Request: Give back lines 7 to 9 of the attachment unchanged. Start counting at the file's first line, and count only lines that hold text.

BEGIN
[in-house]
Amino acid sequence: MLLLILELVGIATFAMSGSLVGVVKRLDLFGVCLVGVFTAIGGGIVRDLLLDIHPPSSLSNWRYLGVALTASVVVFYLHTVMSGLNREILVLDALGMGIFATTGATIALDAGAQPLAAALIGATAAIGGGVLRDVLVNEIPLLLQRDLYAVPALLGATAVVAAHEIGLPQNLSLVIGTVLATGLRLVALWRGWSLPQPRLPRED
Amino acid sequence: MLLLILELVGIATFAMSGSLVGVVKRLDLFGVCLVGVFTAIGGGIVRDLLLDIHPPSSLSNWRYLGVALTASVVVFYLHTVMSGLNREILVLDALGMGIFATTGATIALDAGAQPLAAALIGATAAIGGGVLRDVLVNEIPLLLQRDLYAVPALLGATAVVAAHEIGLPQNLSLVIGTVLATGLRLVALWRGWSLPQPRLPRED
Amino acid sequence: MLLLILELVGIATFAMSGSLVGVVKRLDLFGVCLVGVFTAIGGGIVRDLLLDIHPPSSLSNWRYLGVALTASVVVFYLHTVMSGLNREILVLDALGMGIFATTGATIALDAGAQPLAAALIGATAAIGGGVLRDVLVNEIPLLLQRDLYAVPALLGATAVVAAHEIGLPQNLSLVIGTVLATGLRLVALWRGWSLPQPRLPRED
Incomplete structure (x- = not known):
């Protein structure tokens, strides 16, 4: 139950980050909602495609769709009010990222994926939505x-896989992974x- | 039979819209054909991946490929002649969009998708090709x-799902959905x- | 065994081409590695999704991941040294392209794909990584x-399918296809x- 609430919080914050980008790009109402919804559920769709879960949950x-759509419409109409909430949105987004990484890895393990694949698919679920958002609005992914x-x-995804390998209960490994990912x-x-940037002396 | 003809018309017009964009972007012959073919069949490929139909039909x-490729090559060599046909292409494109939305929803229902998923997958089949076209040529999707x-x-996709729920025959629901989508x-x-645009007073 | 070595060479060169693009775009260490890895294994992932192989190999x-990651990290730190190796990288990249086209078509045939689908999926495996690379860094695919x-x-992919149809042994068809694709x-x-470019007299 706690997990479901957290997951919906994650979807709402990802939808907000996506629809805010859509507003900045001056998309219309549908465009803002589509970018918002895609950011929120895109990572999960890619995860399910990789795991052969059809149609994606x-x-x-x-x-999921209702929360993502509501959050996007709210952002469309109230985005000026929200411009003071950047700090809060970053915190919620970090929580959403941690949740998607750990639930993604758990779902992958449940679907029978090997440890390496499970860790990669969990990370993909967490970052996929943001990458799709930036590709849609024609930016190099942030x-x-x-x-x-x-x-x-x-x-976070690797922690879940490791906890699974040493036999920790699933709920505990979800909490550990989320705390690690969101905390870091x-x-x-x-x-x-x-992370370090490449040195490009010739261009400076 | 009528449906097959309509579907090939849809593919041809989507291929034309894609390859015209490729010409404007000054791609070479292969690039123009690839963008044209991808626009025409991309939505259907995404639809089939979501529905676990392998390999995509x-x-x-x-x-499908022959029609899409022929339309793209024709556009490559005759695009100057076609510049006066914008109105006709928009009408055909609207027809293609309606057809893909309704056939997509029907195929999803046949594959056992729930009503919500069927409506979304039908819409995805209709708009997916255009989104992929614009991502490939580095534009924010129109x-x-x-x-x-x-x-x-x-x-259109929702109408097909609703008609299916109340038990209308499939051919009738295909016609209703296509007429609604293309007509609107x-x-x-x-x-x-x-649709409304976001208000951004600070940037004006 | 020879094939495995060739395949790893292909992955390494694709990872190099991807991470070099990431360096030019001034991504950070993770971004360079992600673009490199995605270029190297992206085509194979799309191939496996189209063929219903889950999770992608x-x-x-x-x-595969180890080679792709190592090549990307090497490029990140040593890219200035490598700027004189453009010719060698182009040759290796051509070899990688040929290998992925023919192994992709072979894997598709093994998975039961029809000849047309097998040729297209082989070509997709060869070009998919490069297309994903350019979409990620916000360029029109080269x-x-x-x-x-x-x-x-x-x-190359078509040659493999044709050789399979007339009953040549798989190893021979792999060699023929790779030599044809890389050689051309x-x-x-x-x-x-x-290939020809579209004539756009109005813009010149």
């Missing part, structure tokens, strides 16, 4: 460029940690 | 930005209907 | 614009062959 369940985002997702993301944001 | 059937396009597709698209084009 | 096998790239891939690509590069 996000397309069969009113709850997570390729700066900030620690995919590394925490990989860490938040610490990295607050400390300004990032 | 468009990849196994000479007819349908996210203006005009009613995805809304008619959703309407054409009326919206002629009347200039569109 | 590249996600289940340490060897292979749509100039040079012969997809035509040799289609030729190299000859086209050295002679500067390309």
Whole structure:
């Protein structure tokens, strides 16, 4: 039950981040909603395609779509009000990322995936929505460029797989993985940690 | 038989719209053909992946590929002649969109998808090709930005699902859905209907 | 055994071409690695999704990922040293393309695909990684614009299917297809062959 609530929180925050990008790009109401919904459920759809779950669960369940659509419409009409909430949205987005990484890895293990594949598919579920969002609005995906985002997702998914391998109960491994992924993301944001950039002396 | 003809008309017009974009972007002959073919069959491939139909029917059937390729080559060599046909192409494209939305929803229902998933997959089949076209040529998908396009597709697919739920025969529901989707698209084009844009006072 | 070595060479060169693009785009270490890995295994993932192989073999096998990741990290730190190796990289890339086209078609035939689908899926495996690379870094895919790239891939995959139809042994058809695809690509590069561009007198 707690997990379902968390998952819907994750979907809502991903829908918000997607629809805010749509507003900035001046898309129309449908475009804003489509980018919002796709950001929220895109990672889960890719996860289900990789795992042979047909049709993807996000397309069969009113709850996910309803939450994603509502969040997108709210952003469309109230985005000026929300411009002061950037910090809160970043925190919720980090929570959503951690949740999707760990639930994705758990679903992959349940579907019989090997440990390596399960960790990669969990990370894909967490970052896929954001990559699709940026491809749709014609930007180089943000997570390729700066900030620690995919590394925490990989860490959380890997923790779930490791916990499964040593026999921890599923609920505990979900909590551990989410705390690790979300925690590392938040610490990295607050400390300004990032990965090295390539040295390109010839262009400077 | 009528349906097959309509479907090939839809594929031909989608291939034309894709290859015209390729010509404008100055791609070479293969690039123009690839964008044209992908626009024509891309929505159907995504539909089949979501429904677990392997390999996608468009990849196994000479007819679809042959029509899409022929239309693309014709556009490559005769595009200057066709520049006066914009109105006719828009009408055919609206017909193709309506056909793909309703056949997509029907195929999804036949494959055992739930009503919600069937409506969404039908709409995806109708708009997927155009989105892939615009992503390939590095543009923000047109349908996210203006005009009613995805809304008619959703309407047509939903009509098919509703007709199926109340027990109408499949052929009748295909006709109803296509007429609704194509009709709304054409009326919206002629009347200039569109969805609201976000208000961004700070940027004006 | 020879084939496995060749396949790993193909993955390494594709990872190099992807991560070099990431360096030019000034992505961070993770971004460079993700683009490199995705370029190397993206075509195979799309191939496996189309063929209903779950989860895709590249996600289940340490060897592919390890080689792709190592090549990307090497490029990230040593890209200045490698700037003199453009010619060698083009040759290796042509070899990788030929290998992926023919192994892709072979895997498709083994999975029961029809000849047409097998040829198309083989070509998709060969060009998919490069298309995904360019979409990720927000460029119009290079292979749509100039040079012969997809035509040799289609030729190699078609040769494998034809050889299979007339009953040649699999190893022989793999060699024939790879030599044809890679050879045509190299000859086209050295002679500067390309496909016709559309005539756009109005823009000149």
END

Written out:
């Missing part, structure tokens, strides 16, 4: 460029940690 | 930005209907 | 614009062959 369940985002997702993301944001 | 059937396009597709698209084009 | 096998790239891939690509590069 996000397309069969009113709850997570390729700066900030620690995919590394925490990989860490938040610490990295607050400390300004990032 | 468009990849196994000479007819349908996210203006005009009613995805809304008619959703309407054409009326919206002629009347200039569109 | 590249996600289940340490060897292979749509100039040079012969997809035509040799289609030729190299000859086209050295002679500067390309």
Whole structure:
């Protein structure tokens, strides 16, 4: 039950981040909603395609779509009000990322995936929505460029797989993985940690 | 038989719209053909992946590929002649969109998808090709930005699902859905209907 | 055994071409690695999704990922040293393309695909990684614009299917297809062959 609530929180925050990008790009109401919904459920759809779950669960369940659509419409009409909430949205987005990484890895293990594949598919579920969002609005995906985002997702998914391998109960491994992924993301944001950039002396 | 003809008309017009974009972007002959073919069959491939139909029917059937390729080559060599046909192409494209939305929803229902998933997959089949076209040529998908396009597709697919739920025969529901989707698209084009844009006072 | 070595060479060169693009785009270490890995295994993932192989073999096998990741990290730190190796990289890339086209078609035939689908899926495996690379870094895919790239891939995959139809042994058809695809690509590069561009007198 707690997990379902968390998952819907994750979907809502991903829908918000997607629809805010749509507003900035001046898309129309449908475009804003489509980018919002796709950001929220895109990672889960890719996860289900990789795992042979047909049709993807996000397309069969009113709850996910309803939450994603509502969040997108709210952003469309109230985005000026929300411009002061950037910090809160970043925190919720980090929570959503951690949740999707760990639930994705758990679903992959349940579907019989090997440990390596399960960790990669969990990370894909967490970052896929954001990559699709940026491809749709014609930007180089943000997570390729700066900030620690995919590394925490990989860490959380890997923790779930490791916990499964040593026999921890599923609920505990979900909590551990989410705390690790979300925690590392938040610490990295607050400390300004990032990965090295390539040295390109010839262009400077 | 009528349906097959309509479907090939839809594929031909989608291939034309894709290859015209390729010509404008100055791609070479293969690039123009690839964008044209992908626009024509891309929505159907995504539909089949979501429904677990392997390999996608468009990849196994000479007819679809042959029509899409022929239309693309014709556009490559005769595009200057066709520049006066914009109105006719828009009408055919609206017909193709309506056909793909309703056949997509029907195929999804036949494959055992739930009503919600069937409506969404039908709409995806109708708009997927155009989105892939615009992503390939590095543009923000047109349908996210203006005009009613995805809304008619959703309407047509939903009509098919509703007709199926109340027990109408499949052929009748295909006709109803296509007429609704194509009709709304054409009326919206002629009347200039569109969805609201976000208000961004700070940027004006 | 020879084939496995060749396949790993193909993955390494594709990872190099992807991560070099990431360096030019000034992505961070993770971004460079993700683009490199995705370029190397993206075509195979799309191939496996189309063929209903779950989860895709590249996600289940340490060897592919390890080689792709190592090549990307090497490029990230040593890209200045490698700037003199453009010619060698083009040759290796042509070899990788030929290998992926023919192994892709072979895997498709083994999975029961029809000849047409097998040829198309083989070509998709060969060009998919490069298309995904360019979409990720927000460029119009290079292979749509100039040079012969997809035509040799289609030729190699078609040769494998034809050889299979007339009953040649699999190893022989793999060699024939790879030599044809890679050879045509190299000859086209050295002679500067390309496909016709559309005539756009109005823009000149």